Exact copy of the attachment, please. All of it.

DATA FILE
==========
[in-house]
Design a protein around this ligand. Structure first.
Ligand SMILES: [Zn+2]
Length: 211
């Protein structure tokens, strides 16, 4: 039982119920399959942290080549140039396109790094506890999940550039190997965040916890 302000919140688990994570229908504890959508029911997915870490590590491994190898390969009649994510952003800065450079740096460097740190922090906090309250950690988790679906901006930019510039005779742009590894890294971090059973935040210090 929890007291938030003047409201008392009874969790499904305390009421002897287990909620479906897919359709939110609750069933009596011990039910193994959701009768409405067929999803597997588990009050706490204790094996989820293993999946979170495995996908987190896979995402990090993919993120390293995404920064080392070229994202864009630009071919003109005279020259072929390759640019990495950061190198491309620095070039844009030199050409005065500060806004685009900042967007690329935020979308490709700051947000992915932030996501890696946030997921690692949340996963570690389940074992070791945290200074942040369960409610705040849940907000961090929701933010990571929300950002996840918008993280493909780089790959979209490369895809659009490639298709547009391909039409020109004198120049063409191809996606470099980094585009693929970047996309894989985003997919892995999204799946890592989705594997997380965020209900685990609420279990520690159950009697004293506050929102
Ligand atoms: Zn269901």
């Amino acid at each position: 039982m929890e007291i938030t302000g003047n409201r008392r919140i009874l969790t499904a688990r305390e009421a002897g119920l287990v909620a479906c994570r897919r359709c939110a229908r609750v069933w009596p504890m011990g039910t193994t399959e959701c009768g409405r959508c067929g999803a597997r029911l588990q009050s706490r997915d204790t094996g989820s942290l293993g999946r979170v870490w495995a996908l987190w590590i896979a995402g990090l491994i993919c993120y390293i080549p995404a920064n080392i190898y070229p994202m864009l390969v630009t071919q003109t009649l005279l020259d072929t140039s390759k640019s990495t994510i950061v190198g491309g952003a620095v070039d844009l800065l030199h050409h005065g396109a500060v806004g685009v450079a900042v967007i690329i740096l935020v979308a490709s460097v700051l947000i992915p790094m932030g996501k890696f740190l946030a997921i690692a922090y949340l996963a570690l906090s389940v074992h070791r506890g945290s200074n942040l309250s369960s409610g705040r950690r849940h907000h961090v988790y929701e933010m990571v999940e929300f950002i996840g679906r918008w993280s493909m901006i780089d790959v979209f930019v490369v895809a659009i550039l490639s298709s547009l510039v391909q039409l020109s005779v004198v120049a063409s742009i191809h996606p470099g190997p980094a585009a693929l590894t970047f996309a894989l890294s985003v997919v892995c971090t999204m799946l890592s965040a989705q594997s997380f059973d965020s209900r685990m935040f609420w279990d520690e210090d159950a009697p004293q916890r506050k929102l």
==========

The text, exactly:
[in-house]
Design a protein around this ligand. Structure first.
Ligand SMILES: [Zn+2]
Length: 211
């Protein structure tokens, strides 16, 4: 039982119920399959942290080549140039396109790094506890999940550039190997965040916890 302000919140688990994570229908504890959508029911997915870490590590491994190898390969009649994510952003800065450079740096460097740190922090906090309250950690988790679906901006930019510039005779742009590894890294971090059973935040210090 929890007291938030003047409201008392009874969790499904305390009421002897287990909620479906897919359709939110609750069933009596011990039910193994959701009768409405067929999803597997588990009050706490204790094996989820293993999946979170495995996908987190896979995402990090993919993120390293995404920064080392070229994202864009630009071919003109005279020259072929390759640019990495950061190198491309620095070039844009030199050409005065500060806004685009900042967007690329935020979308490709700051947000992915932030996501890696946030997921690692949340996963570690389940074992070791945290200074942040369960409610705040849940907000961090929701933010990571929300950002996840918008993280493909780089790959979209490369895809659009490639298709547009391909039409020109004198120049063409191809996606470099980094585009693929970047996309894989985003997919892995999204799946890592989705594997997380965020209900685990609420279990520690159950009697004293506050929102
Ligand atoms: Zn269901």
């Amino acid at each position: 039982m929890e007291i938030t302000g003047n409201r008392r919140i009874l969790t499904a688990r305390e009421a002897g119920l287990v909620a479906c994570r897919r359709c939110a229908r609750v069933w009596p504890m011990g039910t193994t399959e959701c009768g409405r959508c067929g999803a597997r029911l588990q009050s706490r997915d204790t094996g989820s942290l293993g999946r979170v870490w495995a996908l987190w590590i896979a995402g990090l491994i993919c993120y390293i080549p995404a920064n080392i190898y070229p994202m864009l390969v630009t071919q003109t009649l005279l020259d072929t140039s390759k640019s990495t994510i950061v190198g491309g952003a620095v070039d844009l800065l030199h050409h005065g396109a500060v806004g685009v450079a900042v967007i690329i740096l935020v979308a490709s460097v700051l947000i992915p790094m932030g996501k890696f740190l946030a997921i690692a922090y949340l996963a570690l906090s389940v074992h070791r506890g945290s200074n942040l309250s369960s409610g705040r950690r849940h907000h961090v988790y929701e933010m990571v999940e929300f950002i996840g679906r918008w993280s493909m901006i780089d790959v979209f930019v490369v895809a659009i550039l490639s298709s547009l510039v391909q039409l020109s005779v004198v120049a063409s742009i191809h996606p470099g190997p980094a585009a693929l590894t970047f996309a894989l890294s985003v997919v892995c971090t999204m799946l890592s965040a989705q594997s997380f059973d965020s209900r685990m935040f609420w279990d520690e210090d159950a009697p004293q916890r506050k929102l």